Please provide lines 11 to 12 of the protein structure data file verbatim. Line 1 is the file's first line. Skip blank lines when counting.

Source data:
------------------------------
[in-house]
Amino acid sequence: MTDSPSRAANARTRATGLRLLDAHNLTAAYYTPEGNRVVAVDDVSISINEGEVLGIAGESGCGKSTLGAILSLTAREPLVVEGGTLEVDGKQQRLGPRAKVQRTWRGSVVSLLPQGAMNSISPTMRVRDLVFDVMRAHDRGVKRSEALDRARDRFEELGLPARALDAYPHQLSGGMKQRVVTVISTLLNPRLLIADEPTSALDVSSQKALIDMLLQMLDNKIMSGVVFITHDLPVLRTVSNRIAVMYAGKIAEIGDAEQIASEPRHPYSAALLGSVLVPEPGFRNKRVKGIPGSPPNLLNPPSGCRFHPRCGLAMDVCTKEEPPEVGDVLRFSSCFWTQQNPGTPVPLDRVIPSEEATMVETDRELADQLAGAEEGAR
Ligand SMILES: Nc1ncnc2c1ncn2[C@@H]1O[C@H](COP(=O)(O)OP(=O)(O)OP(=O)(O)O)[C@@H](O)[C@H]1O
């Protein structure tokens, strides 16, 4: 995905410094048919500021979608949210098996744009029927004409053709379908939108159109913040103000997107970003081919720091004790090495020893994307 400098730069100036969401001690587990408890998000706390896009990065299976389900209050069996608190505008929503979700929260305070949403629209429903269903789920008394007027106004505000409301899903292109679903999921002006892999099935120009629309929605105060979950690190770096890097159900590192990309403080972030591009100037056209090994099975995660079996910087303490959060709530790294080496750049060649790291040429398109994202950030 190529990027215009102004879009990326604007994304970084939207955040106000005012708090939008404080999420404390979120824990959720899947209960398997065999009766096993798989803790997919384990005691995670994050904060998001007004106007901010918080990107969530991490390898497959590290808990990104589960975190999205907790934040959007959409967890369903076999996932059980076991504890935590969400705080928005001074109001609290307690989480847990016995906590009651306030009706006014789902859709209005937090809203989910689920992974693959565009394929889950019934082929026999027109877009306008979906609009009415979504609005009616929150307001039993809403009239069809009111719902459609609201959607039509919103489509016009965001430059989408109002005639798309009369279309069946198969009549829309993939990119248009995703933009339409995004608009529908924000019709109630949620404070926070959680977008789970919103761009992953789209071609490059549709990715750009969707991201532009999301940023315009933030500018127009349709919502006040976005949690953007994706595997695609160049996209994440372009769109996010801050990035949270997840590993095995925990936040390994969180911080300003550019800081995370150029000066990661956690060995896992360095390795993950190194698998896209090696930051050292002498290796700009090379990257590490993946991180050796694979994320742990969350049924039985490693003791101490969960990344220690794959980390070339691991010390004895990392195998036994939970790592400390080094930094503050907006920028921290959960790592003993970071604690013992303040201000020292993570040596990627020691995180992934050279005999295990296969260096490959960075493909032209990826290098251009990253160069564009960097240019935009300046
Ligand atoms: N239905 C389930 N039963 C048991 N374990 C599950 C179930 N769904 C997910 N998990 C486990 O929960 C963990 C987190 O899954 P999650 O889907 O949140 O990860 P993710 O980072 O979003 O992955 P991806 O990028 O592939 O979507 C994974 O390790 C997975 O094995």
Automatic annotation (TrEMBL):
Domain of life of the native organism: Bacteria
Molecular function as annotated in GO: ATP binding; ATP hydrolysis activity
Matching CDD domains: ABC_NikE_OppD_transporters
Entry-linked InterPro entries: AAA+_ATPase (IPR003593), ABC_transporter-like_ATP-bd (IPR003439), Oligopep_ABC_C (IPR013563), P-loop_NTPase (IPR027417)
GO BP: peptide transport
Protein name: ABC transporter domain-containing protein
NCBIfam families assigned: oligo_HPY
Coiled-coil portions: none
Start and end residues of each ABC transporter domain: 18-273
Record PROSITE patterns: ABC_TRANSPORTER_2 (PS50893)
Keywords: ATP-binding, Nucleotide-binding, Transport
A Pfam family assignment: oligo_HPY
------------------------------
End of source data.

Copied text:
GO BP: peptide transport
Protein name: ABC transporter domain-containing protein